Will Cannabis Club TV Become the Netflix of Weed?

Bluntness Team

By Jeff Klingman, theBluntness Feature Writer

Though pot legalization is changing the way we live our lives, the revolution will not be shared via Facebook feed.

Recent policy tweaks across multiple content and social platforms point to a harsh crackdown on marijuana-related businesses, with a business environment more hostile to cannabis than it’s been in years.

Facebook has cast a stringent eye on weed content for years but earlier this summer, industry observers noticed the tech giant moving one step further, quietly blocking marijuana-related pages from appearing in search results (a practice known as “shadow banning”). The blocks were broad enough to include pages created by government agencies with a stated mission to regulate legal marijuana.

And though Facebook has since eased up on that practice, they’re not the only social media platform making it hard to come by visibility in the weed space. YouTube was fairly lenient for years, before panic from big advertisers led them to abruptly cut cannabis-related channels that had previously been left alone to grow organic subscriber bases into the hundreds of thousands.

Twitter is better -- but while it’s been fair game for purveyors of industry news and views, paid promotion for anything related to cannabis sales efforts remains verboten. Instagram offers some leeway to show off dank buds, but doing overt business is tricky, and they’ve been inconsistent on a policy level too, going so far as to ban the accounts of large Canadian firms over mentions of legal medical marijuana.

In sum, Cannabis brands eager to differentiate in a crowded space find themselves unable to rely on some of the most effective tools in modern media and marketing. And content producers looking to cover (and make some ancillary cash from) the steady march of legal weed, are at risk of shutting down with every tweak in company policy. So what’s the alternative? One California company thinks they’ve got a long-term answer.

Welcome to CCTV

Danny Keith left a job handling corporate sponsorships for the Golden State Warriors’ G-League squad in Santa Cruz to found Cannabis Club, an over-the-top (OTT) content network that beams customized programming and weed-related ads to flat screens hanging in cannabis dispensaries across the country.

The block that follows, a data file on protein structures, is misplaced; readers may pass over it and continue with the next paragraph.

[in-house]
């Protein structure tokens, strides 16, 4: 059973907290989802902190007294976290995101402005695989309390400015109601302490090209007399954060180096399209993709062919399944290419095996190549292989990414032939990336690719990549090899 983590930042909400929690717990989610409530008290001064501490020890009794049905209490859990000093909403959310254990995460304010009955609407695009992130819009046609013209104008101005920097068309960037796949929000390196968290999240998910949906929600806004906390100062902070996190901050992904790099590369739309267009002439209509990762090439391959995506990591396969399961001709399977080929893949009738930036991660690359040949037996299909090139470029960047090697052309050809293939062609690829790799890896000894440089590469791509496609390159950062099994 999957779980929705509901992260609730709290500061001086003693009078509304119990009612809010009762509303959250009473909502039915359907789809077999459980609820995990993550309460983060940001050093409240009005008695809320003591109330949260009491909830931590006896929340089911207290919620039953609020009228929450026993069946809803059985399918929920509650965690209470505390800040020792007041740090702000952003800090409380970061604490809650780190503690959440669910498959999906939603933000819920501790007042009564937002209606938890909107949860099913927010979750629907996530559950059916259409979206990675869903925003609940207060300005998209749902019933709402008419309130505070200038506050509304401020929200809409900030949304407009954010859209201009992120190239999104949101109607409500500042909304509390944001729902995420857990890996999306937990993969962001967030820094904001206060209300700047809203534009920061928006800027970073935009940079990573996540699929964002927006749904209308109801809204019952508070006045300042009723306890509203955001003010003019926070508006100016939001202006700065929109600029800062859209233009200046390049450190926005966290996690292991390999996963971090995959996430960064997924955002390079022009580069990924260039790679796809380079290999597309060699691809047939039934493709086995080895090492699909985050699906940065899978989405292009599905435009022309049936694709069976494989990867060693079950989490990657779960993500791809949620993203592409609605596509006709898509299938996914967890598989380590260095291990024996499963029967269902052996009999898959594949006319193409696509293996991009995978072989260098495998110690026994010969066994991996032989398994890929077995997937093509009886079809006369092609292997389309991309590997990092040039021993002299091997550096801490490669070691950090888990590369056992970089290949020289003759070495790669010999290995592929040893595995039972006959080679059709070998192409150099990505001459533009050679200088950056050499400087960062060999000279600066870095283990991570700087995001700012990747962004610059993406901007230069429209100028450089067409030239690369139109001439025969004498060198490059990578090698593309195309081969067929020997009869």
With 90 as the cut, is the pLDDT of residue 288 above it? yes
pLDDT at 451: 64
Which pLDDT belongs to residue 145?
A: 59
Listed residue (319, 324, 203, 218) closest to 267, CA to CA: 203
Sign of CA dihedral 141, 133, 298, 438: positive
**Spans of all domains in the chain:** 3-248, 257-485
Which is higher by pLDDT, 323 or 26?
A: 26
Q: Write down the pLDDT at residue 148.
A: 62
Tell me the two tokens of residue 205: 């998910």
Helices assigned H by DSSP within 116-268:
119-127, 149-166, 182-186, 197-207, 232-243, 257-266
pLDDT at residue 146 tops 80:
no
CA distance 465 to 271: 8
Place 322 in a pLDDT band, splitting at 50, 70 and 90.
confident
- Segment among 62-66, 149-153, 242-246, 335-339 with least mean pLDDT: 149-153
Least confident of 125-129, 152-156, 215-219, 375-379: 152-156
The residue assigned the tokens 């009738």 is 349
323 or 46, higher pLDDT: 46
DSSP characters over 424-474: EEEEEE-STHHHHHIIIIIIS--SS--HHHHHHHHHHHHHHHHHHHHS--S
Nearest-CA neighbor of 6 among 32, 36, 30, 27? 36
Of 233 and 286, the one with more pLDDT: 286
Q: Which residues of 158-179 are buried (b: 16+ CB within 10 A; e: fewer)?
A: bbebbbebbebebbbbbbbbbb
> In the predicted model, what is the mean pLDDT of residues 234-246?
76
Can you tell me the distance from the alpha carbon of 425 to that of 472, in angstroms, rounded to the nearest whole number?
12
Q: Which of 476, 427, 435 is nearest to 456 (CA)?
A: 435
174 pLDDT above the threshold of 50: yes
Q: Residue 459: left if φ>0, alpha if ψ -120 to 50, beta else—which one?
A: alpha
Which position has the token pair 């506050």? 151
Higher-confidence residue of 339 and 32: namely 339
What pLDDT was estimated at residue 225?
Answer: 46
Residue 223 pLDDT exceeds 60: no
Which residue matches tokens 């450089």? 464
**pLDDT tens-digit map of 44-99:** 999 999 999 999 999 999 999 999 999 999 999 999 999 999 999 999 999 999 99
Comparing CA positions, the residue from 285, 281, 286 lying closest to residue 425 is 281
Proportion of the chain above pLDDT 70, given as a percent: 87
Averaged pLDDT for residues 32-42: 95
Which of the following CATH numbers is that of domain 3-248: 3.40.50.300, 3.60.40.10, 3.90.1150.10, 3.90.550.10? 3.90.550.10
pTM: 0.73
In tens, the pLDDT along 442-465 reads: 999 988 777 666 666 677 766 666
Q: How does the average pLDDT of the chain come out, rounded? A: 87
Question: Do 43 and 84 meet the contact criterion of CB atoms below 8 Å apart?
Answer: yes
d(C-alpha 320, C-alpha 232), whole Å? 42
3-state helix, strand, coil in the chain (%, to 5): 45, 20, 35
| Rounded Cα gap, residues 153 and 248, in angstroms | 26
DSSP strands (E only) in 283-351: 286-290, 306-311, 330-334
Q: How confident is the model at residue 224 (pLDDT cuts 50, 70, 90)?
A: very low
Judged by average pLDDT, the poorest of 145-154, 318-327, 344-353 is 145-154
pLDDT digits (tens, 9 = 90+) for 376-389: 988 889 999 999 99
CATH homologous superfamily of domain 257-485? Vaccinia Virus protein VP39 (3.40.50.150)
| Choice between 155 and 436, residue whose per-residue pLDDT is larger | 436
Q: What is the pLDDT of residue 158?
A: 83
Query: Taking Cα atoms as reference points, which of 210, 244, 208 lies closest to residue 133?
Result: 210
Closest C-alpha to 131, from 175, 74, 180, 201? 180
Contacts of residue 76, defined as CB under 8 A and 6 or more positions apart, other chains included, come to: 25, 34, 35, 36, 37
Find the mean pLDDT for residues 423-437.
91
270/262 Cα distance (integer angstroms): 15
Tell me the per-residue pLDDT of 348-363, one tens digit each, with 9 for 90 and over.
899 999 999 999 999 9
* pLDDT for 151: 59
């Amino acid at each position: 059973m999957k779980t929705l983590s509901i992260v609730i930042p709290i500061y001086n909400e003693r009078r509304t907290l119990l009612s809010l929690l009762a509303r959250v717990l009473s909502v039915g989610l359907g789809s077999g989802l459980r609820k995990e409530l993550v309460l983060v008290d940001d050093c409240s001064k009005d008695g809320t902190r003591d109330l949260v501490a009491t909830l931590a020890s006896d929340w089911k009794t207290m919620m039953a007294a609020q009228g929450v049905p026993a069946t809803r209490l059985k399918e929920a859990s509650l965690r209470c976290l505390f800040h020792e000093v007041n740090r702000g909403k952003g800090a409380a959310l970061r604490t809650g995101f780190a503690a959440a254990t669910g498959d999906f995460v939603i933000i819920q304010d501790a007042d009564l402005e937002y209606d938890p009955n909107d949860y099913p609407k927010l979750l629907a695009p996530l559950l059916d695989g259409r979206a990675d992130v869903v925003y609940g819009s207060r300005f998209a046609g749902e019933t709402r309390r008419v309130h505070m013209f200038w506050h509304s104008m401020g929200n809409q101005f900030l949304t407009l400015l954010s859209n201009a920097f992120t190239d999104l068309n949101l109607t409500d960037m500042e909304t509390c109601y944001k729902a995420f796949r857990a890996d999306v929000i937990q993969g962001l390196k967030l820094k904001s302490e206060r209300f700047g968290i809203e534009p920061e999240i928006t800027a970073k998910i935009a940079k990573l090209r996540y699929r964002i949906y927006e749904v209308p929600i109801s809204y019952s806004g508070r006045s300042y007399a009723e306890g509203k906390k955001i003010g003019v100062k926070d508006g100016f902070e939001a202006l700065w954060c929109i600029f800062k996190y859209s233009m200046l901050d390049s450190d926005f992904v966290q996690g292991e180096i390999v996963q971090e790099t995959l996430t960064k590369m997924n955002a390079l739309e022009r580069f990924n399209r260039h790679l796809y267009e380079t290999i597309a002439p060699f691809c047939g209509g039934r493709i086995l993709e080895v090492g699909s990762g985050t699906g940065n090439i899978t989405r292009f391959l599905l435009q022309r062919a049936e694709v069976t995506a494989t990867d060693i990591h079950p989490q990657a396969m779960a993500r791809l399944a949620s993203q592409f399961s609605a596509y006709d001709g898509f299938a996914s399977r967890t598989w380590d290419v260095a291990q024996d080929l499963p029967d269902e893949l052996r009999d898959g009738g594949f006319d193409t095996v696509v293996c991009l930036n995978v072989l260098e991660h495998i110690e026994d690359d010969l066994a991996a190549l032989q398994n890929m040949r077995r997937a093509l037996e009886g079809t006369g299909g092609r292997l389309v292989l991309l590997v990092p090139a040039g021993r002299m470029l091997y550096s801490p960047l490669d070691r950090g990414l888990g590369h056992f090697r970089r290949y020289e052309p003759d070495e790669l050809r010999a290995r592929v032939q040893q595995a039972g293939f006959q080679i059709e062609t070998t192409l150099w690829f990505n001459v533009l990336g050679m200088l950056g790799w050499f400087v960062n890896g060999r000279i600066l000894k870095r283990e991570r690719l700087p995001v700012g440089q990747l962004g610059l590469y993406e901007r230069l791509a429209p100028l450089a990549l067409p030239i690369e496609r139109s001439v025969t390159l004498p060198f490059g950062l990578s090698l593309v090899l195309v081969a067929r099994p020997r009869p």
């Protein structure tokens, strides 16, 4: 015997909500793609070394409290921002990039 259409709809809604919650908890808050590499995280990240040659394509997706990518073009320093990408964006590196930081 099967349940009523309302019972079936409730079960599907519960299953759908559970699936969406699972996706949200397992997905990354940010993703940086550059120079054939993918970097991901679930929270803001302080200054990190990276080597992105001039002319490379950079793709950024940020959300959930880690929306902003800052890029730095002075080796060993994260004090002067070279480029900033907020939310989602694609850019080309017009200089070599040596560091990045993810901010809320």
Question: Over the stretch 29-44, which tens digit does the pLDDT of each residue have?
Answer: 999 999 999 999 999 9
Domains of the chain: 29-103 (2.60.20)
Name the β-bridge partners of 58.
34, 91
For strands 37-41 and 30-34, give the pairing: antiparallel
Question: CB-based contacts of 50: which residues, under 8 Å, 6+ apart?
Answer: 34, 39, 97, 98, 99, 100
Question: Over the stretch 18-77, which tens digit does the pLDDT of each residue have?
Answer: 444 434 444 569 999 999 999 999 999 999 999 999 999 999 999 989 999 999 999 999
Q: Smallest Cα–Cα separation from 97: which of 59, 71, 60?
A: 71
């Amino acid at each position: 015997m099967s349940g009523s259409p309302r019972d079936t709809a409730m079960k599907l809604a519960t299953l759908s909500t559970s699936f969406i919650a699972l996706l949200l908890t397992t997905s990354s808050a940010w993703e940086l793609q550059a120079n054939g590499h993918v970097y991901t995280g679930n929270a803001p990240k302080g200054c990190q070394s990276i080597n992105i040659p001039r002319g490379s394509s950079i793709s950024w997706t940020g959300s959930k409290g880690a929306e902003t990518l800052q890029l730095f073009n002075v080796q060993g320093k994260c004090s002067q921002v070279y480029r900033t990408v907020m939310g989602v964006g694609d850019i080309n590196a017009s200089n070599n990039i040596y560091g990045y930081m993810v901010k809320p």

“People always ask me, ‘What’s your competition?’, and it feels irresponsible to say, ‘We don’t have any.’” says Keith. “But with regards to an OTT [content platform that feeds] into dispensaries, on a hyper-local level? I’ve not found anybody else doing that.”

Cannabis Club TV provides a wide swath of weed-themed content aimed directly the modern marijuana consumer. Assorted channels feature short, structured programming featuring well-known figures like dope icon Tommy Chong, or L.A. cannabis cuisine fixture, Jeff The 420 Chef, along with educational vids for growers. Then there are the short, plaintive clips to zone out to—think dudes slowly making elaborate sand castles while calm music twinkles.

CCTV monetizes these feeds by selling ad time between reels to local weed businesses, building those spots themselves if need be. Features built in the the company’s hardware allow for customization from state to state, custom catering content to meet each market’s specific regulations, as well as the tastes of dispensary staff.

Fewer Rules, More Opportunities

As a last refuge for orphaned producers making weed-related content, Cannabis Club TV gets to dictate terms.

“A lot of these content providers who are doing product-placement style advertising, with monetization,” says Keith. “They are doing a product review, the product is being used in the transaction. Some people are just making content to be able to get people to pay them just to make content. We license the content from these providers, but we don’t have to pay them for it. Where else are they going to put it?”